Sylvester Stallone is Gabe, a mountain climber who also works as a rescue ranger. Michael Rooker is Hal, Gabe’s colleague and former best friend. Hal blames Gabe for the death of his girlfriend, Sarah. Gabe also blames himself and is planning on getting out of the rescue game. But before Gabe can quit, he’s got one last mission to perform. Qualen (John Lithgow) is a psychotic former spy who has masterminded a multi-million dollar robbery. A plane crash leads to the loot getting scattered in the mountains. Qualen takes Hal and Gabe prisoner and tries to force them to help him track down the money.
Cliffhanger was made during one of the slower periods of Stallone’s career. He had temporarily retired the roles of both Rocky Balboa and John Rambo and, as an action star, he was being overshadowed by Arnold Schwarzenegger. Stallone had tried to reinvent himself as a comedic actor, with the result being Stop! Or My Mom Will Shoot! The former Oscar nominee was now only winning Razzies and he was running the risk of becoming better known for his messy divorce from Brigitte Nielsen than for his recent films. Things weren’t looking good for Stallone but, fortunately, the box office success of Cliffhanger revived his career.
Seen today, Cliffhanger holds up well as an undemanding but enjoyable action film. It’s a very much a film of its time, complete with John Lithgow hamming it up as a British villain and Northern Exposure’s Janine Turner playing Stallone’s loyal, helicopter-owning girlfriend. Stallone’s best films are the ones where he is willing to surrender his ego and he does that in Cliffhanger. It may be a Stallone film but the best lines go to Michael Rooker and the true stars of the film are the mountains and the scenes of Stallone and Rooker trying to climb them. With Cliffhanger, Stallone was smart enough to stay out of the way and just trust that the image of him dangling above the Rockies would bring in the audience. It was a smart decision. Though Cliffhanger is often overshadowed by Stallone’s other 1993 hit, DemolitionMan, it’s still an entertaining film in its own right.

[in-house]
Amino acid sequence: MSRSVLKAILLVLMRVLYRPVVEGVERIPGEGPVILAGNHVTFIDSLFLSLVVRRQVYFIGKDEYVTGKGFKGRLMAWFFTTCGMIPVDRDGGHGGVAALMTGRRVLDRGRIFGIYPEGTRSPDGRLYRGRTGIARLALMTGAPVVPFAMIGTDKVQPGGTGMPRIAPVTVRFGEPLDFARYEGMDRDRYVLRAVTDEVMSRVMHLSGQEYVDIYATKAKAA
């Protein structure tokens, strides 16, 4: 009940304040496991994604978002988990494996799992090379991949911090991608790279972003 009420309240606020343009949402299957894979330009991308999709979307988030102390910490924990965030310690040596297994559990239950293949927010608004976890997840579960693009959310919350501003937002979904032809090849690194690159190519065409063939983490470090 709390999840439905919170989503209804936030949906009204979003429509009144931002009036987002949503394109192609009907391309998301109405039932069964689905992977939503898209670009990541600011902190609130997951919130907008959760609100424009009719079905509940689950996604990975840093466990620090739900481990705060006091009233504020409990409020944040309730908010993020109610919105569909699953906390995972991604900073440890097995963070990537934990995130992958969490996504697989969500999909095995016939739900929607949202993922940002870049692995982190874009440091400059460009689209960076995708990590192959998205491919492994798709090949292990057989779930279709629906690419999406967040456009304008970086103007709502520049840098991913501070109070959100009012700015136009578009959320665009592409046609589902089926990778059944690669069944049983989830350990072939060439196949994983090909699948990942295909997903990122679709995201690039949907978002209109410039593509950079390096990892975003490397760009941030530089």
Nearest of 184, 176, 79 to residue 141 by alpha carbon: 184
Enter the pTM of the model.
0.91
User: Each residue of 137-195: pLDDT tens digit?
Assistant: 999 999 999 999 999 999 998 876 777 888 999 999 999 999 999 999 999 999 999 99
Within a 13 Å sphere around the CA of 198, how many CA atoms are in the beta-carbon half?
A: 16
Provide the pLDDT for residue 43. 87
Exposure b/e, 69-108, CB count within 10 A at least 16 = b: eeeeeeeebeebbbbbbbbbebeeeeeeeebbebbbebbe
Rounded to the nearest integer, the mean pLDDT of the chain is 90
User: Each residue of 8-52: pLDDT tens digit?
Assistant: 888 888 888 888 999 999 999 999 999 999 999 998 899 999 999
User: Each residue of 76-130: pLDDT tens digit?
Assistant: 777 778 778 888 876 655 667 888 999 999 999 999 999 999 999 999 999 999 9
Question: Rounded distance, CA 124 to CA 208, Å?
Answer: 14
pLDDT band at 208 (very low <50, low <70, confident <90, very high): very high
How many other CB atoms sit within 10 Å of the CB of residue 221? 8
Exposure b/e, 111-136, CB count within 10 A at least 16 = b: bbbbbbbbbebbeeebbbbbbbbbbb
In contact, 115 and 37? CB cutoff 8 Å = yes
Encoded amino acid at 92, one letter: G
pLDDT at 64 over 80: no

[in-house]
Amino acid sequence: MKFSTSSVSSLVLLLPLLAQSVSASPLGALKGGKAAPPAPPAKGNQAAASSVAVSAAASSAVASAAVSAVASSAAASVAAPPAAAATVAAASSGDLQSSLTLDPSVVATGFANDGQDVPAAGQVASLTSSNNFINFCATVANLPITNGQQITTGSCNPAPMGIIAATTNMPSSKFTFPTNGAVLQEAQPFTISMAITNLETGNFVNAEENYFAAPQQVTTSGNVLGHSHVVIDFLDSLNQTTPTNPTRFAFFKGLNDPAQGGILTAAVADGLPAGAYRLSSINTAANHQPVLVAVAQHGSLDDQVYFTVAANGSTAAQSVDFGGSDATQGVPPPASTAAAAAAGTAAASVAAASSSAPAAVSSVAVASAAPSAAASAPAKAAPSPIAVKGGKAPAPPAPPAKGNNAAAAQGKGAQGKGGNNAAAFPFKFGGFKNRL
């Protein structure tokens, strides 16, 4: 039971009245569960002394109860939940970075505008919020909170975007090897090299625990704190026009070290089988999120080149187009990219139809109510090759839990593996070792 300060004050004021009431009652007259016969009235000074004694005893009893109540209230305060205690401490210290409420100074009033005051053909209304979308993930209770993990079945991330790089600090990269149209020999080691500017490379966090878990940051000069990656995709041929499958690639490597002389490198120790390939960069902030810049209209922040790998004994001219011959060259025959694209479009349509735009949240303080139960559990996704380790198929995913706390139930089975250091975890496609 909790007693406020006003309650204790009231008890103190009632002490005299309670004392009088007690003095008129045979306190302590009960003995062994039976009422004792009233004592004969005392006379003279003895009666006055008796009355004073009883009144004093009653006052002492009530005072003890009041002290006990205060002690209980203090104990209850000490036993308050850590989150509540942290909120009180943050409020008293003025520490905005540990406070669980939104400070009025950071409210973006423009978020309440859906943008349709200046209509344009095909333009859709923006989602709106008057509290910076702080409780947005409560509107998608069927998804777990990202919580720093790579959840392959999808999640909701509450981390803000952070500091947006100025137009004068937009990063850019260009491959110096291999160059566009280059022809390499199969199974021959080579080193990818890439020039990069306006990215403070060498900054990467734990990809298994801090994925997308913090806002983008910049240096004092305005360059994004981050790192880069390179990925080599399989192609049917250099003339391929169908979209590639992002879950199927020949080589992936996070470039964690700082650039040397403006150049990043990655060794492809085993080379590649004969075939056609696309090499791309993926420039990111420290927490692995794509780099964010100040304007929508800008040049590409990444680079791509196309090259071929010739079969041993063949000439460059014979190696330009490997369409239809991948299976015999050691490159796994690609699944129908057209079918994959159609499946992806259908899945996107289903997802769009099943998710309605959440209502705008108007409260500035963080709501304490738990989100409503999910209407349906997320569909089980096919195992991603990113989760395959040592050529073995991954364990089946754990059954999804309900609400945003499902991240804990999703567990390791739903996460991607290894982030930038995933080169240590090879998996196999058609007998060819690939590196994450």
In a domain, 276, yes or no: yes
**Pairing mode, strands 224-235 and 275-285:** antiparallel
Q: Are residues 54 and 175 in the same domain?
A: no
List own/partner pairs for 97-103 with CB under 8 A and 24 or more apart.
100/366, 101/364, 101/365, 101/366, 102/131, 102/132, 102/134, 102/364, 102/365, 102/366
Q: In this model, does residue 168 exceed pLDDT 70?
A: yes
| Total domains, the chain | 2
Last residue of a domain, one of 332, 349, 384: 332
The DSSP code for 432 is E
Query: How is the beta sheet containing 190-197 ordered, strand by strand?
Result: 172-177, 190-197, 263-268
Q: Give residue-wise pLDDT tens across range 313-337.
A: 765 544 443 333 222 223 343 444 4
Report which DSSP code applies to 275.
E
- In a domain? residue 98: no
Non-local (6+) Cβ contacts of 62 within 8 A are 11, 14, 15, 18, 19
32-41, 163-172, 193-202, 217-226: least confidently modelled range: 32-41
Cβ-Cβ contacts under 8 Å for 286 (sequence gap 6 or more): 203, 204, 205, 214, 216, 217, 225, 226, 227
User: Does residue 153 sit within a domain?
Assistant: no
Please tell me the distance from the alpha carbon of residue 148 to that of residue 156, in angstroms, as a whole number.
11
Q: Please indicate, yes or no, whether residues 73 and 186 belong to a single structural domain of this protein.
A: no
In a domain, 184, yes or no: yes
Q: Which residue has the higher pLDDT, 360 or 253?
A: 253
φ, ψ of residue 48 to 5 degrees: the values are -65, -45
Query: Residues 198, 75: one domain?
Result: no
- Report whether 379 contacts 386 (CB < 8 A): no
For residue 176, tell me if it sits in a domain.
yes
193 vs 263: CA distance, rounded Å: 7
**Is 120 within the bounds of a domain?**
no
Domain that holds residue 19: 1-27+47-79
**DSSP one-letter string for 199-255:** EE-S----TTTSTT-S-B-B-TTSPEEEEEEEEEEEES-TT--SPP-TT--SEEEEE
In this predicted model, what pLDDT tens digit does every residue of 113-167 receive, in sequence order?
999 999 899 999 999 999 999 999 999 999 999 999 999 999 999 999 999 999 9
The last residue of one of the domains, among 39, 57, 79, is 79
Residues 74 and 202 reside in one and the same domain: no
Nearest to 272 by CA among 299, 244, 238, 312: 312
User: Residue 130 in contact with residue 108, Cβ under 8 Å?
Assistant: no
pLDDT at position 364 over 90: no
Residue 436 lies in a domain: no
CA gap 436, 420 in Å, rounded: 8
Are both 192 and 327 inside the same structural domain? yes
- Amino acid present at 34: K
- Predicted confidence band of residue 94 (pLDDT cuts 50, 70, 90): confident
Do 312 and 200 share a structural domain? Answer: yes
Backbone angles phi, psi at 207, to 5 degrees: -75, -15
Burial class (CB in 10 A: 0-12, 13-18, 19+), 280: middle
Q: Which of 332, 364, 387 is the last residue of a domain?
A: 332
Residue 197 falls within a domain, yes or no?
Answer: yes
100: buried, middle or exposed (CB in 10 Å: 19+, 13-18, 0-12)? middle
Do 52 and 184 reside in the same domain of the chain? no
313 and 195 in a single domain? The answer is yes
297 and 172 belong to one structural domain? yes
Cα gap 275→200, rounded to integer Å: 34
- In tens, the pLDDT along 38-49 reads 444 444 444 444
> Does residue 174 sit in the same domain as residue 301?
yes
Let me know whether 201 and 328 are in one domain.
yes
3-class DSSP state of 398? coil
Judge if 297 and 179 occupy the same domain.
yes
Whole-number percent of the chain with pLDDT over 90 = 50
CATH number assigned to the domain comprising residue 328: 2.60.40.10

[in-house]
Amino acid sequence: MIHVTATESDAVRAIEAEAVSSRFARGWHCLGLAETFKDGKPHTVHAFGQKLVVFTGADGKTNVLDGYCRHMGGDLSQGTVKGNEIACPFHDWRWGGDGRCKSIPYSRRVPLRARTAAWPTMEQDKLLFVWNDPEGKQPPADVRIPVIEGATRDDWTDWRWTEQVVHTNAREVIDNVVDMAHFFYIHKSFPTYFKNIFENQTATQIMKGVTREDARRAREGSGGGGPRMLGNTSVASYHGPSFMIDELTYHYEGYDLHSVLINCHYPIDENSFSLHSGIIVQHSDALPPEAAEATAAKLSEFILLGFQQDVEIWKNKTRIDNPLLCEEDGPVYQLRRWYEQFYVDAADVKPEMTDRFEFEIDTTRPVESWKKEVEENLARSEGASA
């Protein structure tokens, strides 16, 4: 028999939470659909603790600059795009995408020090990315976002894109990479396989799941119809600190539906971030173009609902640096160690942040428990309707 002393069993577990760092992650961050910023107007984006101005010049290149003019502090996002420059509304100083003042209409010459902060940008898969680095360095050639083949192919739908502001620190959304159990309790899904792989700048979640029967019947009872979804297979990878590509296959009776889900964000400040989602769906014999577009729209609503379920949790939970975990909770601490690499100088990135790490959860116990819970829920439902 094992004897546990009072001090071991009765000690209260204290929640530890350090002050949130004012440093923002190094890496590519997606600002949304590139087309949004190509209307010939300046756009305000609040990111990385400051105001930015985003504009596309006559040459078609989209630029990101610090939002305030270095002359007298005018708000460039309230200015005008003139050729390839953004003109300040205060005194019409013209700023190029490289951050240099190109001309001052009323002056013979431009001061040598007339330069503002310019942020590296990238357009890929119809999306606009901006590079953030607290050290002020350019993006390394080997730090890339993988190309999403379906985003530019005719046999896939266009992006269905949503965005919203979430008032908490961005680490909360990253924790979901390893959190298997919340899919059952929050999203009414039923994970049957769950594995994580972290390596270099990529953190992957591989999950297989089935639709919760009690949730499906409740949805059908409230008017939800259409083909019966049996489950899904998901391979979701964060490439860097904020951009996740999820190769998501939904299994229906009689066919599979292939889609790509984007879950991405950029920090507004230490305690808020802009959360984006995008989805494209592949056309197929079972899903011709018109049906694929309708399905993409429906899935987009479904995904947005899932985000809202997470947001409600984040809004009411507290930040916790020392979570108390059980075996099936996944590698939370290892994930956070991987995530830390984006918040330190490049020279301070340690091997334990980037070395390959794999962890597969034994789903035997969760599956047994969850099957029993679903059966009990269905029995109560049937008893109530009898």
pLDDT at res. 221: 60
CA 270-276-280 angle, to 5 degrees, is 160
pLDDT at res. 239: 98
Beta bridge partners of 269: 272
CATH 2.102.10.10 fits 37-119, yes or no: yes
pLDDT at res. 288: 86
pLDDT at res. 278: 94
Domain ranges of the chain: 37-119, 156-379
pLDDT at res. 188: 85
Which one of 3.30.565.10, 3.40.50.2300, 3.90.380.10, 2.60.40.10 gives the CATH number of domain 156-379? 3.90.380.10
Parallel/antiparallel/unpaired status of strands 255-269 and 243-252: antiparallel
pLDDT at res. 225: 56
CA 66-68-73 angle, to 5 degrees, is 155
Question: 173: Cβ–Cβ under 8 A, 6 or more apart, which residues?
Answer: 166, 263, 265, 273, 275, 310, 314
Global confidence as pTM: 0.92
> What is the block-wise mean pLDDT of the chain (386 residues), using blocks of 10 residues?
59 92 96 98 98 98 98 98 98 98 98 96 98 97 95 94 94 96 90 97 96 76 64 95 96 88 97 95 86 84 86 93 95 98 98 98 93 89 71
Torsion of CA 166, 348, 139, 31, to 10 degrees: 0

Cliffhanger was directed by Renny Harlin, the Finnish action specialist whose promising career would subsequently take a hit and never really recover from directing Cutthroat Island. Mountain climbing and Renny Harlin just seem to go together and Cliffhanger is one of his better films. Here’s hope that, just as Stallone has done many times in the past, Renny Harlin will eventually his comeback as a director.
The scene below is from the 1953 film, Julius Caesar. This Oscar-nominated Shakespearean adaptation had a cast that was full of distinguished actors. James Mason played Brutus. The great John Gielgud played Cassius. Louis Calhern was Caesar while other roles were filled by Deborah Kerr, Greer Garson, Edmond O’Brien, George Macready, John Hoyt, Edmund Purdom. and a host of other distinguished thespians. And yet, the best performance in the film came from an actor who, at the time, no one considered to be a Shakespearean. Marlon Brando brought his method intensity to the role of Mark Antony and the result was a performance that is still electrifying today.
On YouTube, someone referred to this as being “the world’s greatest speech delivered by the world’s greatest actor.” Sounds good to me!
4 Or More Shots From 4 Or More Films is just what it says it is, 4 shots from 4 of our favorite films. As opposed to the reviews and recaps that we usually post, 4 Shots From 4 Films lets the visuals do the talking!
Today, the Shattered Lens wishes a happy birthday to one of our favorite directors, David Cronenberg! Cronenberg has a new film coming out later this year, one that we’re all looking forward to. Crimes of the Future (which shares its name with one of Cronenberg’s early, experimental films) will be Cronenberg’s first film since 2014’s Map of the Stars and it will also reunite him with Viggo Mortensen.
For now, here are….
4 Shots From 4 David Cronenberg Films
The Brood (1979, dir by David Cronenberg, DP: Mark Irwin)
The Fly (1986, dir by David Cronenberg, DP: Mark Irwin)
Dead Ringers (1988, dir by David Cronenberg, DP: Peter Suschitzky)
A History of Violence (2005, dir by David Cronenberg, DP: Peter Suschitzky)